open - accepting written submissions
Scope of the inquiry
During the 2010-15 Parliament the Government introduced a programme of reform which aimed to make the Civil Service "more economic and provide faster services to the public". However, the outcome of the reforms fell short of expectations. Neither the first Civil Service Reform Plan nor its update attempted to base its proposals on any comprehensive analysis of why some things are successful and some things go wrong in government, and why the Civil Service appears unable to learn from success and failure. This was identified as a major failing in the Reform Plan by the Public Administration Select Committee (PASC) in its September 2013 report, "Truth to Power: how Civil Service reform can succeed". PASC built on this work in a report on "Developing Civil Service Skills: a unified approach". PACAC launches a further wide-ranging inquiry into the effectiveness of the Civil Service.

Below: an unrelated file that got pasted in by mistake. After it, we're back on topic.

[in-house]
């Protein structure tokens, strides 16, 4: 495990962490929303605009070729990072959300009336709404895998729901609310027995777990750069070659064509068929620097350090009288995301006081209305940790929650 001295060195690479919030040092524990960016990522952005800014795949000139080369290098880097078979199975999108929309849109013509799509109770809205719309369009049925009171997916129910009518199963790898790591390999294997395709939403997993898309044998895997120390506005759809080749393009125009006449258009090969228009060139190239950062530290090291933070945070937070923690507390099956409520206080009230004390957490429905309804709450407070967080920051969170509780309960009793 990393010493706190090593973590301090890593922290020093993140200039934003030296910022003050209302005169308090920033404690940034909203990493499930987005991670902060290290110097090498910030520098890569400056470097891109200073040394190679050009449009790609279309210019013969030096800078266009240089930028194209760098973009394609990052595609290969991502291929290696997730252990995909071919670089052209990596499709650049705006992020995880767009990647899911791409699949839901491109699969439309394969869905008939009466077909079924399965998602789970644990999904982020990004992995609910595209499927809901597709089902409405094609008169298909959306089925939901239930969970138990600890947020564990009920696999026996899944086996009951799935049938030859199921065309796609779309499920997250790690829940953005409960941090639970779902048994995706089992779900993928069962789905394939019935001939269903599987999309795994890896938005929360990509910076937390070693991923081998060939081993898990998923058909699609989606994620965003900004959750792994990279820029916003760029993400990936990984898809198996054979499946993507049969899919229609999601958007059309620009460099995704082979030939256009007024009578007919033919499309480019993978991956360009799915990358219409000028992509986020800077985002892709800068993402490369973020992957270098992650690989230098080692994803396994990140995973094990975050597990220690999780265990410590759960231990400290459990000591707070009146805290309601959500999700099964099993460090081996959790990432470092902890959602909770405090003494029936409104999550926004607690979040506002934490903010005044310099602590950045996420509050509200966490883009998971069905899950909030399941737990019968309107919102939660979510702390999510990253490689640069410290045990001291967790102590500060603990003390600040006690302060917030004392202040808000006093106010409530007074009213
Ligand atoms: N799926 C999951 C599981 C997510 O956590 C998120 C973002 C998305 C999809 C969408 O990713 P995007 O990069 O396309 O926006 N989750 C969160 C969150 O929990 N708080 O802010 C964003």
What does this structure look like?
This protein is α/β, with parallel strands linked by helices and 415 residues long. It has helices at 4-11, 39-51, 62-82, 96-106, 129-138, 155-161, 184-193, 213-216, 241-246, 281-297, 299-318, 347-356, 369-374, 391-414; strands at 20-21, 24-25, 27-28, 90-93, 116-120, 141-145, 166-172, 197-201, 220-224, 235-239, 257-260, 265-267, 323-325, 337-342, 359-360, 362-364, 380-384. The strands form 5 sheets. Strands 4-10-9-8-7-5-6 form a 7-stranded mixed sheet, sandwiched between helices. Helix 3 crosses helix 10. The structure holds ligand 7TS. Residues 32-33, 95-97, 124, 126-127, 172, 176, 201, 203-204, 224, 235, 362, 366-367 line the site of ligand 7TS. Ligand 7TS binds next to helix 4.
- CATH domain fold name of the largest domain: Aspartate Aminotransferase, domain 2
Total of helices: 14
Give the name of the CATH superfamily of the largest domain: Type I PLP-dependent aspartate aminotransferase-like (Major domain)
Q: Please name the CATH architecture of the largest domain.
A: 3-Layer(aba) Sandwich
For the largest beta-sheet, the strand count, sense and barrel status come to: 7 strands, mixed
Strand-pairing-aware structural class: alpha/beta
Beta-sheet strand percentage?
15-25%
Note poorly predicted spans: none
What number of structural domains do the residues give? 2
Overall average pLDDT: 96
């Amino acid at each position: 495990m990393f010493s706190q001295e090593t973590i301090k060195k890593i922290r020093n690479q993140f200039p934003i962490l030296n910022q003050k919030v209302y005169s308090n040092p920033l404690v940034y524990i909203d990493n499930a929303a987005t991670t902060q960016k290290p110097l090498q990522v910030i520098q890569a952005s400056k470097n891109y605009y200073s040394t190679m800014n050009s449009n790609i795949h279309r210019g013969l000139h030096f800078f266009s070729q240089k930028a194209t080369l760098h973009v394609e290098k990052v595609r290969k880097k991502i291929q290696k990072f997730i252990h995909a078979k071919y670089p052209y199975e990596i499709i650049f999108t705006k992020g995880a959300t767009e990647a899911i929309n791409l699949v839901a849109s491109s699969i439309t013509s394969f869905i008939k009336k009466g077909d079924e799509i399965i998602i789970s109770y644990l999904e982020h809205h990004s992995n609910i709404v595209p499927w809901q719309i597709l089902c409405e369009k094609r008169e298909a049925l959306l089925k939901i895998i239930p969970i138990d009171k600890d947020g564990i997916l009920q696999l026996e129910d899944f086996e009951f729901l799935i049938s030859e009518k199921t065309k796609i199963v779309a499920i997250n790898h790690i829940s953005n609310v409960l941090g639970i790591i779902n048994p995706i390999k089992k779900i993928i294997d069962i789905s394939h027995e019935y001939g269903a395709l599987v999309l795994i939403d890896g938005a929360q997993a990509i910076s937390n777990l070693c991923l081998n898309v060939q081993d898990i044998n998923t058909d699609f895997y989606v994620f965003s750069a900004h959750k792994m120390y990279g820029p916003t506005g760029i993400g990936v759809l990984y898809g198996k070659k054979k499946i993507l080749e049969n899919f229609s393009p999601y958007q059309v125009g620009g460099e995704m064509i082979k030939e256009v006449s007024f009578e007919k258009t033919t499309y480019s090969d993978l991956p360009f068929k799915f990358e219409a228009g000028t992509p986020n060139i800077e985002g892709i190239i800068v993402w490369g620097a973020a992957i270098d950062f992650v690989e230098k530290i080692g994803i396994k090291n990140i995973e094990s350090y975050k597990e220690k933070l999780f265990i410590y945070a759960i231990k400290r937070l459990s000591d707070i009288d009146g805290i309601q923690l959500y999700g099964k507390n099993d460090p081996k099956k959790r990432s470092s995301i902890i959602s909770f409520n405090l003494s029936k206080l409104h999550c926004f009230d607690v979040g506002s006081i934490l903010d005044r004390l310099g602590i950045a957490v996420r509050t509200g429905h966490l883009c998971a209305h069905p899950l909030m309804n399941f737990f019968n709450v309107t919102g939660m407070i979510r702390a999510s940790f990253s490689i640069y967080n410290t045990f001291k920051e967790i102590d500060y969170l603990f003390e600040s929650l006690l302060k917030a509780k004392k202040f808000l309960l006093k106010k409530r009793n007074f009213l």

Terms of reference: The work of the Civil Service
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- The structure and organisation of the Civil Service and how appropriate this is for the Twenty-First Century
- The attitudes and behaviours that determine the effectiveness of the Civil Service in delivering Government policy and how well the Civil Service learns from success and failure
- The Civil Service's collective capabilities and civil servants' individual skills, including its leadership and governance